Debbie Rose:

That is.

John Whitbeck:

Right. So Title IX is something that we’re hearing a lot about in Virginia and all over the country. Can you give us an overview of exactly what Title IX is and what it’s designed to protect?

Debbie Rose:

Title IX is a short law, but it basically is trying to protect people from discrimination based on their sex in education programs or in school divisions that accept federal funds that support their educational programs and activities. And it covers a wide range of activities that a school division would do. So from hiring, to admissions, to certain programs, to providing an environment free from sexual harassment and assault within a school building for employees, students, or anyone, and also equal access to athletic activities, things of that nature. It’s trying to make sure that a person’s sex or sexual identity is not the reason that they do not have access to a particular educational program or activity.

John Whitbeck:

So most of the Title IX cases that I’m seeing and that we’re doing in our practice, and maybe you have a similar experience, is a child is sexually assaulted or sexually harassed. Unfortunately, I can’t think of anything more horrible that your student in school or teachers who are sexually assaulted, sexually harassed. The protections that Title IX gives for women and girls, for equal opportunities, different things like that. Title IX cases are of the most serious nature. Would you agree with that?

Debbie Rose:

Agreed. I should have added in describing it, the Title IX requires the school divisions to have a grievance process, which I think is what you’re going to. So every school, not only is it not supposed to allow discrimination, it’s also supposed to have a detailed process for people who feel that they have been subjected to discrimination under the Title, to be able to make a complaint and have a procedure where that is investigated appropriately and give all parties to the process, the accused and the accuser, opportunities to have their side of the story heard.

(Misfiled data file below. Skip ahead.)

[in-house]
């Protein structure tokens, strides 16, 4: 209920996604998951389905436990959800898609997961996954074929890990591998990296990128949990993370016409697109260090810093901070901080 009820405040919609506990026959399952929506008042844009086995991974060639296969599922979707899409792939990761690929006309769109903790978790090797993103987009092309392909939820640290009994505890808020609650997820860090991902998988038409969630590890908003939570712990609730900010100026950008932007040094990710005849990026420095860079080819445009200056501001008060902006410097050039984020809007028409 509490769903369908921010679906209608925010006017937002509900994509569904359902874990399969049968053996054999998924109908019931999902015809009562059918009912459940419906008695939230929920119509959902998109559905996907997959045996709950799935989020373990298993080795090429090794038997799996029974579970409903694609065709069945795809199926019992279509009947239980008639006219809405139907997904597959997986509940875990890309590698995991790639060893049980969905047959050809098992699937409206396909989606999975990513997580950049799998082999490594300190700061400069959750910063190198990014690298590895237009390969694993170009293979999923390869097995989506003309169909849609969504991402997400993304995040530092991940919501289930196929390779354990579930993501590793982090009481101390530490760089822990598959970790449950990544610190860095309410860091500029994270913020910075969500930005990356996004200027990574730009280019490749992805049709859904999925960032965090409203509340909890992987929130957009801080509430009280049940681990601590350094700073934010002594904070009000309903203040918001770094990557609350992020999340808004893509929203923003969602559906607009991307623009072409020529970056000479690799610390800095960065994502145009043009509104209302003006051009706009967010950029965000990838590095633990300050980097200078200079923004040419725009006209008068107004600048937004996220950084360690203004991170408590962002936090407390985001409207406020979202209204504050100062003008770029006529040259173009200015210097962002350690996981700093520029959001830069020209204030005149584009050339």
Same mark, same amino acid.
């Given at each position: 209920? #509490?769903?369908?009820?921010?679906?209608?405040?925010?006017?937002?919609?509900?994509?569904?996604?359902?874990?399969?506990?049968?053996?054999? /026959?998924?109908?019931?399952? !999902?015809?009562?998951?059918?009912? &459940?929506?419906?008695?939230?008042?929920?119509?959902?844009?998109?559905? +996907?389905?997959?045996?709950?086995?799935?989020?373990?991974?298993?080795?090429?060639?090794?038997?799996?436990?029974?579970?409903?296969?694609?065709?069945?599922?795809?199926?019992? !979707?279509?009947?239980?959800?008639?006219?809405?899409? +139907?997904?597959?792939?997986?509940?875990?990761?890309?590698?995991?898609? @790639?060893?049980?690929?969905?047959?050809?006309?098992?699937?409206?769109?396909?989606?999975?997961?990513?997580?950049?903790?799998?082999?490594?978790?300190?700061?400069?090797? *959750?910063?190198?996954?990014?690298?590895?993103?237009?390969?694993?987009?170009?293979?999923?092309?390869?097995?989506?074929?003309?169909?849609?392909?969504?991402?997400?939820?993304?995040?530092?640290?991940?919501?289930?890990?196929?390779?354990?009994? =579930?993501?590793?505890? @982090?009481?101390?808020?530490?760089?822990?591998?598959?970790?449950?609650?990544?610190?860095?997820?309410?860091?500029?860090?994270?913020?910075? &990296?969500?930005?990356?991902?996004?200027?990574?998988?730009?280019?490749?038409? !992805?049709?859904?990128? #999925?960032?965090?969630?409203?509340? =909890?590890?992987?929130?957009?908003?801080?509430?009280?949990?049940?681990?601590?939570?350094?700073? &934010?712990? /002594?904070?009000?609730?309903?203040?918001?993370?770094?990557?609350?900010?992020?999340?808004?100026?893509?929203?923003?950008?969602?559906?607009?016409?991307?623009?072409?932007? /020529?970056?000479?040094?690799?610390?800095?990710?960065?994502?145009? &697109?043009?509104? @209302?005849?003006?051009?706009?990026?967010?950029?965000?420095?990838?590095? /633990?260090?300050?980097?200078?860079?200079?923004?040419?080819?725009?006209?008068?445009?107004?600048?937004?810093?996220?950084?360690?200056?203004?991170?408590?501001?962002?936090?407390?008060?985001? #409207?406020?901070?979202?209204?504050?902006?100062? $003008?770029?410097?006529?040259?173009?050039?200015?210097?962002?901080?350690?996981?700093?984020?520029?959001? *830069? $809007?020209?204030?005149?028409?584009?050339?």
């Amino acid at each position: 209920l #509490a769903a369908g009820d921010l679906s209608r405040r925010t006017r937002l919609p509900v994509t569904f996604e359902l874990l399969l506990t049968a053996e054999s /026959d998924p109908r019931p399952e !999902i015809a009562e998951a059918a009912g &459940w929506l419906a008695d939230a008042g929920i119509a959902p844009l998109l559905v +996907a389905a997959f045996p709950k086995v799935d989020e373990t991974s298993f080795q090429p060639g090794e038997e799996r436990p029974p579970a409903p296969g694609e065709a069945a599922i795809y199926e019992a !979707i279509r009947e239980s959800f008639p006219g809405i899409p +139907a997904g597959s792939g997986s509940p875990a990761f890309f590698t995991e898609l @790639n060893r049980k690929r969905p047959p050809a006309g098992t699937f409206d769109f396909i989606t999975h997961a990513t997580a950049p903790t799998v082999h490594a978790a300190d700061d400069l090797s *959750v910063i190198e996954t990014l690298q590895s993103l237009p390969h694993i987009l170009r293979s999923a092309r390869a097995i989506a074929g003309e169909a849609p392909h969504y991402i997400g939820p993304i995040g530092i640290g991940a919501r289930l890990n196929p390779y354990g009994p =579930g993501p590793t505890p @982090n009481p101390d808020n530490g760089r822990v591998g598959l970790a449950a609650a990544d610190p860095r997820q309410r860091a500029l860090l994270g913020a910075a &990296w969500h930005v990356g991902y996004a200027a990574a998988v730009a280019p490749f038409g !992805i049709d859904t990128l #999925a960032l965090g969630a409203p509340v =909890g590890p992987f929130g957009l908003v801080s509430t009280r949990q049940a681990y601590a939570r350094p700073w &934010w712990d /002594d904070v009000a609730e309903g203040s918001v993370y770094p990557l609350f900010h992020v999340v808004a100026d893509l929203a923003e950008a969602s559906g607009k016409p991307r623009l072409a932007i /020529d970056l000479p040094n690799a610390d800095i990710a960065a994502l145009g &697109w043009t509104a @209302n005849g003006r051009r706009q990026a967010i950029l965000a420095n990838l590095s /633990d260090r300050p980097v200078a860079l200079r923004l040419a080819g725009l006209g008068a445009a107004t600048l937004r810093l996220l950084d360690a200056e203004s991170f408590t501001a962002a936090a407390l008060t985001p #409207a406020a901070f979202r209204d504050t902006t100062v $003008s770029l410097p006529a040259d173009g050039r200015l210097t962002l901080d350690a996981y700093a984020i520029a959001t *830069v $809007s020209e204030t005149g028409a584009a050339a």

John Whitbeck:

Right. And because we are a mental health related podcast, let me just get a shout out. Some of the most serious mental health consequences that I have seen in my practice recently, especially with the children that we’ve been involved with, have come from these Title IX cases. In other words, can you imagine being a child, it is your safe place. When you go to school, it’s supposed to be your safe place. And when you put your kid on the bus or drop them off in the kiss and ride line to get to school, a parent is sending their most precious possession, their child, into a place where they have no control over, or at least they should, but they’re giving control over to the school.

Imagine your child, or your wife, or your sister, or your mother or somebody being subjected to the horrible things that Title IX is supposed to prevent. The mental health fallout from that has just been incredible as I’ve seen. And there’s no amount of money that you can sue for that gets you back your wellness. And I’m sure you probably had similar experiences in your practice when you’re doing Title IX stuff.

Debbie Rose:

Well, yes. And certainly on the school board too, you could see that. It’s heartbreaking when you’ve seen … And some of the stuff that, because I can’t speak about those cases once they’ve become raised up to the school board’s level knowledge, and they we’re aware of it, or we’re in an appeal, or we’re handling out discipline in a certain situation, and it’s heartbreaking to know … And you see the parents that are sitting on the side of the victims and also on the side of the student who is accused of doing something horrible. It’s so much devastation all around. Yeah.

John Whitbeck: